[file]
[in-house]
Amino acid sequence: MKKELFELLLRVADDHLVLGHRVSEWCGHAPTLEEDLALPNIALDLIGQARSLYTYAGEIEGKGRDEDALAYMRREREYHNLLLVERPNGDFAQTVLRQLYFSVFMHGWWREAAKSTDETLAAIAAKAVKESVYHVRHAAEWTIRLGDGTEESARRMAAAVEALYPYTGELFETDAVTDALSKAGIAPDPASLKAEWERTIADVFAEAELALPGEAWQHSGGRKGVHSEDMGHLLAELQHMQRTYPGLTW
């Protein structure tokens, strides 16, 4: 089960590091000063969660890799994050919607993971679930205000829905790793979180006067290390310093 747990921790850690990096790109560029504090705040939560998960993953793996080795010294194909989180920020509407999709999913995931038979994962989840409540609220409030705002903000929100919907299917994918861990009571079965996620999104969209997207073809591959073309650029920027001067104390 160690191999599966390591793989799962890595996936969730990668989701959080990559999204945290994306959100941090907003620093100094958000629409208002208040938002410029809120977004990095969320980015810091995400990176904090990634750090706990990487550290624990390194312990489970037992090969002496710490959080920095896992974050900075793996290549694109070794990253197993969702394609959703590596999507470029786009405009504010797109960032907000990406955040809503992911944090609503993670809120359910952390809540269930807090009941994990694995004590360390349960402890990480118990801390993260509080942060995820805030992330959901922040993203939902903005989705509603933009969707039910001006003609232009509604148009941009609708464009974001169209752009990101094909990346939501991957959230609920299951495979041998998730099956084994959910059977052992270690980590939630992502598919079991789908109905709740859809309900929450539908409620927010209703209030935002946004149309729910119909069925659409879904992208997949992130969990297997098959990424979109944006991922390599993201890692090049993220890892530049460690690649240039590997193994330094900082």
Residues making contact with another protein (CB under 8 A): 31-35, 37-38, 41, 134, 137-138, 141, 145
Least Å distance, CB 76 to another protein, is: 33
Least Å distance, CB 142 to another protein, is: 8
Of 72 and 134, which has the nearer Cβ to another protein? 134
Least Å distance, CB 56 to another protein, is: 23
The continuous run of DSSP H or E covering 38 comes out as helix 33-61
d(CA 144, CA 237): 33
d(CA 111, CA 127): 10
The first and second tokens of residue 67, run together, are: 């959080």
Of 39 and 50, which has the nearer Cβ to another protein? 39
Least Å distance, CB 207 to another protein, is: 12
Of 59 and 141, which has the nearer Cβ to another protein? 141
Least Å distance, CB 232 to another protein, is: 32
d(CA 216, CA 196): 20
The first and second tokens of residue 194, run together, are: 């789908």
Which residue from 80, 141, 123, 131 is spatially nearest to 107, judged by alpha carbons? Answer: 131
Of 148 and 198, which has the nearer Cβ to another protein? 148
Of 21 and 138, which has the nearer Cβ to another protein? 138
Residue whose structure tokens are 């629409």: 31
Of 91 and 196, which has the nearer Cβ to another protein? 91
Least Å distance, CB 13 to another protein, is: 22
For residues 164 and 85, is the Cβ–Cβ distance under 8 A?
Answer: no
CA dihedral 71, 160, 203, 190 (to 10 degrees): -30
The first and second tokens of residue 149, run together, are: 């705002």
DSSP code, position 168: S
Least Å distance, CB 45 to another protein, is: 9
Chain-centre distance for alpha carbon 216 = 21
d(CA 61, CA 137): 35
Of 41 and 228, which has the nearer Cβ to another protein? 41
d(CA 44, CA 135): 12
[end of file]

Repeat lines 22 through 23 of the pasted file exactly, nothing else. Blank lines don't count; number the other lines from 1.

Residue whose structure tokens are 């629409």: 31
Of 91 and 196, which has the nearer Cβ to another protein? 91